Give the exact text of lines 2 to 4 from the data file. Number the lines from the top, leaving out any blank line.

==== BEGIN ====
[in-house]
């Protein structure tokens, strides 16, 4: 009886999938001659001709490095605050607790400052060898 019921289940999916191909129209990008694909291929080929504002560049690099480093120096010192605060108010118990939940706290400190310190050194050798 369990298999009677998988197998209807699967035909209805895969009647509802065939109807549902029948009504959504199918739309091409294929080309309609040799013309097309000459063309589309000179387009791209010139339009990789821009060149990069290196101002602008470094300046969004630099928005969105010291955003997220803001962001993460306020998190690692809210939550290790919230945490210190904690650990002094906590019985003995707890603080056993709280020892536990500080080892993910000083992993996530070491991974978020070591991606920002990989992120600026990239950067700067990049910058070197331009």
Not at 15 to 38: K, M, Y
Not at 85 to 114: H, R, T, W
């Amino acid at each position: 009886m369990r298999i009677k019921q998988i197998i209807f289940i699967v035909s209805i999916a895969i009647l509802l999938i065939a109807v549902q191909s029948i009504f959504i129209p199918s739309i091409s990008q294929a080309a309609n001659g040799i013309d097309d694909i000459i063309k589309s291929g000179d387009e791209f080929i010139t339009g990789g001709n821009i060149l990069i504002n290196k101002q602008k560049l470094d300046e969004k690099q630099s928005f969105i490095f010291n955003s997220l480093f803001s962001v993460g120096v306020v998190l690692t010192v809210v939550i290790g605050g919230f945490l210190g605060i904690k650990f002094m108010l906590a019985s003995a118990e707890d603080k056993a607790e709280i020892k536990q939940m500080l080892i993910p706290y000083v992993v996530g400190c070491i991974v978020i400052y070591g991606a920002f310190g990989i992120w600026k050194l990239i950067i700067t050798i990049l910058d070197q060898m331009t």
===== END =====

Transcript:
């Protein structure tokens, strides 16, 4: 009886999938001659001709490095605050607790400052060898 019921289940999916191909129209990008694909291929080929504002560049690099480093120096010192605060108010118990939940706290400190310190050194050798 369990298999009677998988197998209807699967035909209805895969009647509802065939109807549902029948009504959504199918739309091409294929080309309609040799013309097309000459063309589309000179387009791209010139339009990789821009060149990069290196101002602008470094300046969004630099928005969105010291955003997220803001962001993460306020998190690692809210939550290790919230945490210190904690650990002094906590019985003995707890603080056993709280020892536990500080080892993910000083992993996530070491991974978020070591991606920002990989992120600026990239950067700067990049910058070197331009």
Not at 15 to 38: K, M, Y
Not at 85 to 114: H, R, T, W